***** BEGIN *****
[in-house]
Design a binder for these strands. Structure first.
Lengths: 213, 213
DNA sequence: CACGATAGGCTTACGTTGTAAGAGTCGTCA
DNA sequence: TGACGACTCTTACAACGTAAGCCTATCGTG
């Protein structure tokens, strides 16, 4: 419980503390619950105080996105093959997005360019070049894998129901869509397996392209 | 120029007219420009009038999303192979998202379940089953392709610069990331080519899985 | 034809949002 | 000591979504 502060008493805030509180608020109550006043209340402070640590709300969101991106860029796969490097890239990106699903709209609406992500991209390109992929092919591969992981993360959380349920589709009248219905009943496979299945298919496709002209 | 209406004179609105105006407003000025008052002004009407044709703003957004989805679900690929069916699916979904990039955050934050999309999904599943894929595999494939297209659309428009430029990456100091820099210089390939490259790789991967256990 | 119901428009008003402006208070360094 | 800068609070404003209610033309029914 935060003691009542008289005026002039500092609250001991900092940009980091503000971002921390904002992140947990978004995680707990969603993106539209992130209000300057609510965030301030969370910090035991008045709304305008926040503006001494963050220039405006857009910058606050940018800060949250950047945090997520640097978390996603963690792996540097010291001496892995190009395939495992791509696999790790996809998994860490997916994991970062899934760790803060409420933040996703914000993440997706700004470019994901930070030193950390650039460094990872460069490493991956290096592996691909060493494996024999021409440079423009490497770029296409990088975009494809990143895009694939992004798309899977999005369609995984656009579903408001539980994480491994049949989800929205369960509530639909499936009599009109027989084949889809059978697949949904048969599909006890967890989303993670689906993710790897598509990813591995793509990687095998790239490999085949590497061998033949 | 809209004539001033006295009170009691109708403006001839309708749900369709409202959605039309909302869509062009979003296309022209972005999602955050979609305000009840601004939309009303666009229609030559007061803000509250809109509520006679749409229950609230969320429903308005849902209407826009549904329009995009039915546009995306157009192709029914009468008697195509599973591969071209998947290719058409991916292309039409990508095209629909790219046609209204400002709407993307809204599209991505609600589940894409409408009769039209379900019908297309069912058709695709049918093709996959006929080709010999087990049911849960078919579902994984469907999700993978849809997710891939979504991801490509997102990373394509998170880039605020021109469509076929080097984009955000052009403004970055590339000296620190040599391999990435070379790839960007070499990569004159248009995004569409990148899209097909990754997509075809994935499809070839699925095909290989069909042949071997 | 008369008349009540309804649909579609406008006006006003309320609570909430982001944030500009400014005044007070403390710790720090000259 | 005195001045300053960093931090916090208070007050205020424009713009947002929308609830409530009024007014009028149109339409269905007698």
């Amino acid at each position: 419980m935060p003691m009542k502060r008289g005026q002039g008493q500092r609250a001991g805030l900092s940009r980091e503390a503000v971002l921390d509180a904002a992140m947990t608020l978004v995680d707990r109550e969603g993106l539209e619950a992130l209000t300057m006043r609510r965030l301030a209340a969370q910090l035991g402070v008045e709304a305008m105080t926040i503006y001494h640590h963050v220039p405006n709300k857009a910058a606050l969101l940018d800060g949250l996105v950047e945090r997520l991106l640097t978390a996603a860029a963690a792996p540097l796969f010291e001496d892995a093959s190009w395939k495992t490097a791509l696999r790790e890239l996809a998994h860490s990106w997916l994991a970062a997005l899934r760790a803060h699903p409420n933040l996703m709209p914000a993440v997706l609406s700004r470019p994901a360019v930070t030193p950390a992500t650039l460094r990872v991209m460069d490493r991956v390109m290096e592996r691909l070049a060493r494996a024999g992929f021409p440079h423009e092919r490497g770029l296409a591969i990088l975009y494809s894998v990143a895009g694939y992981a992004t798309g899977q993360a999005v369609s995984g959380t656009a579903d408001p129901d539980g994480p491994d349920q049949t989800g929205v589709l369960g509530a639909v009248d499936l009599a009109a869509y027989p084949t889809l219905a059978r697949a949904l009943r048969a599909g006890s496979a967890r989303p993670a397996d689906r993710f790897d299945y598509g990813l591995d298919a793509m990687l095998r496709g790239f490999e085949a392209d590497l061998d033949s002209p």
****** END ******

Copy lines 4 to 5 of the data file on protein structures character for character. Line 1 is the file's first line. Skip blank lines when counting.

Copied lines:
DNA sequence: CACGATAGGCTTACGTTGTAAGAGTCGTCA
DNA sequence: TGACGACTCTTACAACGTAAGCCTATCGTG